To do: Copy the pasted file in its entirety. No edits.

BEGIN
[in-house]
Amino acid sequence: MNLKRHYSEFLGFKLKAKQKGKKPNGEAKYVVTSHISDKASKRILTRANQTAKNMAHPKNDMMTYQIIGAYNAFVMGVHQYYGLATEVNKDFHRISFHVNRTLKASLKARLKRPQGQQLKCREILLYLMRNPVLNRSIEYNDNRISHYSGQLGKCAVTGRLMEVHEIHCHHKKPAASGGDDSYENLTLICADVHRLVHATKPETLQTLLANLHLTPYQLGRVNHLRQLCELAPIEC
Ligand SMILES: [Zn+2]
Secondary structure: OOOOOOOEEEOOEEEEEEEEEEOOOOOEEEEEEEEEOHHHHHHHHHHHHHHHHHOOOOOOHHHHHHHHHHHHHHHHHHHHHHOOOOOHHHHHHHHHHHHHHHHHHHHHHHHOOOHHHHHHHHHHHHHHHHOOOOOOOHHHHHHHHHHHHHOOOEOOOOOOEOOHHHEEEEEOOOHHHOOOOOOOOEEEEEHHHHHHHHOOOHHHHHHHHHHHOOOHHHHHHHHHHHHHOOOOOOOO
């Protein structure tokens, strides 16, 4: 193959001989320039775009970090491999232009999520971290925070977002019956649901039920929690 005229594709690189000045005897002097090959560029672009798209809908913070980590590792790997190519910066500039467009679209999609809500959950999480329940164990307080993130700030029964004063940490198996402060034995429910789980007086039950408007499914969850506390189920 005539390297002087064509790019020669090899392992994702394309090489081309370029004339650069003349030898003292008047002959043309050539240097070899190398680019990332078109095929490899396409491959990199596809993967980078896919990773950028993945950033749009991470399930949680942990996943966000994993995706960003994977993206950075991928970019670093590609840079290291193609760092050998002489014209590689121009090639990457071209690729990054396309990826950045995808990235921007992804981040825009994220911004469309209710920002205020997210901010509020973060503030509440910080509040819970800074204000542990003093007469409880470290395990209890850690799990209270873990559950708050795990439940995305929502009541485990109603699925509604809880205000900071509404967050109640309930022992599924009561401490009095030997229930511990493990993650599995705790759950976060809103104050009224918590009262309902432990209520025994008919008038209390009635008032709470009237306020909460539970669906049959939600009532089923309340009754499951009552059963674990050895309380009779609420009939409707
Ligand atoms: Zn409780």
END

[in-house]
Amino acid sequence: MNLKRHYSEFLGFKLKAKQKGKKPNGEAKYVVTSHISDKASKRILTRANQTAKNMAHPKNDMMTYQIIGAYNAFVMGVHQYYGLATEVNKDFHRISFHVNRTLKASLKARLKRPQGQQLKCREILLYLMRNPVLNRSIEYNDNRISHYSGQLGKCAVTGRLMEVHEIHCHHKKPAASGGDDSYENLTLICADVHRLVHATKPETLQTLLANLHLTPYQLGRVNHLRQLCELAPIEC
Ligand SMILES: [Zn+2]
Secondary structure: OOOOOOOEEEOOEEEEEEEEEEOOOOOEEEEEEEEEOHHHHHHHHHHHHHHHHHOOOOOOHHHHHHHHHHHHHHHHHHHHHHOOOOOHHHHHHHHHHHHHHHHHHHHHHHHOOOHHHHHHHHHHHHHHHHOOOOOOOHHHHHHHHHHHHHOOOEOOOOOOEOOHHHEEEEEOOOHHHOOOOOOOOEEEEEHHHHHHHHOOOHHHHHHHHHHHOOOHHHHHHHHHHHHHOOOOOOOO
């Protein structure tokens, strides 16, 4: 193959001989320039775009970090491999232009999520971290925070977002019956649901039920929690 005229594709690189000045005897002097090959560029672009798209809908913070980590590792790997190519910066500039467009679209999609809500959950999480329940164990307080993130700030029964004063940490198996402060034995429910789980007086039950408007499914969850506390189920 005539390297002087064509790019020669090899392992994702394309090489081309370029004339650069003349030898003292008047002959043309050539240097070899190398680019990332078109095929490899396409491959990199596809993967980078896919990773950028993945950033749009991470399930949680942990996943966000994993995706960003994977993206950075991928970019670093590609840079290291193609760092050998002489014209590689121009090639990457071209690729990054396309990826950045995808990235921007992804981040825009994220911004469309209710920002205020997210901010509020973060503030509440910080509040819970800074204000542990003093007469409880470290395990209890850690799990209270873990559950708050795990439940995305929502009541485990109603699925509604809880205000900071509404967050109640309930022992599924009561401490009095030997229930511990493990993650599995705790759950976060809103104050009224918590009262309902432990209520025994008919008038209390009635008032709470009237306020909460539970669906049959939600009532089923309340009754499951009552059963674990050895309380009779609420009939409707
Ligand atoms: Zn409780």